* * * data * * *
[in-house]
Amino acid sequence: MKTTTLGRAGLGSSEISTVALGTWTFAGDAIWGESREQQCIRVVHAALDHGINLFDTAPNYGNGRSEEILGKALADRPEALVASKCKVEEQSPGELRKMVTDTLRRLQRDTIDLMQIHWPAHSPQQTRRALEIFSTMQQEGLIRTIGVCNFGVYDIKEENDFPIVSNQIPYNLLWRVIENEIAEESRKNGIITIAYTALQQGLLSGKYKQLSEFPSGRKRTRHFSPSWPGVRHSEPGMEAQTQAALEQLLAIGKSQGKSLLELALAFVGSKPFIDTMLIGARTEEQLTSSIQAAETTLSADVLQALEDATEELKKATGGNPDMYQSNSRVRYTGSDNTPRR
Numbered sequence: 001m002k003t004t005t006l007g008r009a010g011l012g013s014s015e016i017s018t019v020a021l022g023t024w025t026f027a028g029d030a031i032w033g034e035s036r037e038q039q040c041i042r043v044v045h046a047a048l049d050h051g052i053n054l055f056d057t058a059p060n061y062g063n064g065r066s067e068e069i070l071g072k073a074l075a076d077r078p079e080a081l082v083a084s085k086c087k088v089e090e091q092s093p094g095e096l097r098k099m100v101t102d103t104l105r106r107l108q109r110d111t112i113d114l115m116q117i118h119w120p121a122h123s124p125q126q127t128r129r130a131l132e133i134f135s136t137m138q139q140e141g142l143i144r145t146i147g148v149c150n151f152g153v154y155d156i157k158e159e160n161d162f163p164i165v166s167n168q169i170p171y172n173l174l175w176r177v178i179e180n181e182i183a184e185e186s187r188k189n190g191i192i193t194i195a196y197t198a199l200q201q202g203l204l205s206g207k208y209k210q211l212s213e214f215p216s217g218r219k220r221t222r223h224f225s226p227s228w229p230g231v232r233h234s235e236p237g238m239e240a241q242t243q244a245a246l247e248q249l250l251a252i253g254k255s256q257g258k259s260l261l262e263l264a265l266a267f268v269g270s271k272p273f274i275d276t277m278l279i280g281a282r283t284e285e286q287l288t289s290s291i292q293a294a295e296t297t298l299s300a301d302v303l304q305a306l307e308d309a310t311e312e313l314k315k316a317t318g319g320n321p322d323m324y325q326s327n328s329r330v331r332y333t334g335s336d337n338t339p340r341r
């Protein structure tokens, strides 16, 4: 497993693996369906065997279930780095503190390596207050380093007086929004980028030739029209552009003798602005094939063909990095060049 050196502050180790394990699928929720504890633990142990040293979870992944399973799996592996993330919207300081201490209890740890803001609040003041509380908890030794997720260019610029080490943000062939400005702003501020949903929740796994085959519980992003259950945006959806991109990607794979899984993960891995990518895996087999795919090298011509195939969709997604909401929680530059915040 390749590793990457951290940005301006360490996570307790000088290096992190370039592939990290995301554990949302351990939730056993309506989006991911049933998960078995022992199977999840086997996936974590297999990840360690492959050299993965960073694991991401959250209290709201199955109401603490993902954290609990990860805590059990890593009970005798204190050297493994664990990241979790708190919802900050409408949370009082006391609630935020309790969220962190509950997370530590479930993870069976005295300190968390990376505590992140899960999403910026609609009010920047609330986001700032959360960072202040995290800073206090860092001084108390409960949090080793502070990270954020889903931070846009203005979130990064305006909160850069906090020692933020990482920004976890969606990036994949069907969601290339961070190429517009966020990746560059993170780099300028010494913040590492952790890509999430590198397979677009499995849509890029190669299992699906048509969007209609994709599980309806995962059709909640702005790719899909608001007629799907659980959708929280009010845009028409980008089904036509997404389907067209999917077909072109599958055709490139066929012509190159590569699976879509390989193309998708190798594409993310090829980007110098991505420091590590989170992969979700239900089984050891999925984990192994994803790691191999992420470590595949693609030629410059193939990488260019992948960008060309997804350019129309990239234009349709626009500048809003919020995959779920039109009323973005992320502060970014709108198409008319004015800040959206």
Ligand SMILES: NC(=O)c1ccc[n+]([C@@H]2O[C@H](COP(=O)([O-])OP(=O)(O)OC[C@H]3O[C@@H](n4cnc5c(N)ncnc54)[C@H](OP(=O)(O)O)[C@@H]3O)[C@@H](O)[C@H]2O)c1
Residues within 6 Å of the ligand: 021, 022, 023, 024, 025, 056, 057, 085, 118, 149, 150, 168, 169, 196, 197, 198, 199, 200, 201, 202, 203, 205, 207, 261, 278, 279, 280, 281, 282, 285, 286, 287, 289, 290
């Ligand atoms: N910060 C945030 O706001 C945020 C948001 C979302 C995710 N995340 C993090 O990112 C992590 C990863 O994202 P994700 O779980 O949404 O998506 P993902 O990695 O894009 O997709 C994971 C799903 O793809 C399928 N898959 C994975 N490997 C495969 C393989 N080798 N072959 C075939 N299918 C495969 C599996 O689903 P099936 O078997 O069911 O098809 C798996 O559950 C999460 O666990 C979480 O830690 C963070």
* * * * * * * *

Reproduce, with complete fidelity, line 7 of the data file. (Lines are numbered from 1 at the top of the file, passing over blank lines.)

């Ligand atoms: N910060 C945030 O706001 C945020 C948001 C979302 C995710 N995340 C993090 O990112 C992590 C990863 O994202 P994700 O779980 O949404 O998506 P993902 O990695 O894009 O997709 C994971 C799903 O793809 C399928 N898959 C994975 N490997 C495969 C393989 N080798 N072959 C075939 N299918 C495969 C599996 O689903 P099936 O078997 O069911 O098809 C798996 O559950 C999460 O666990 C979480 O830690 C963070």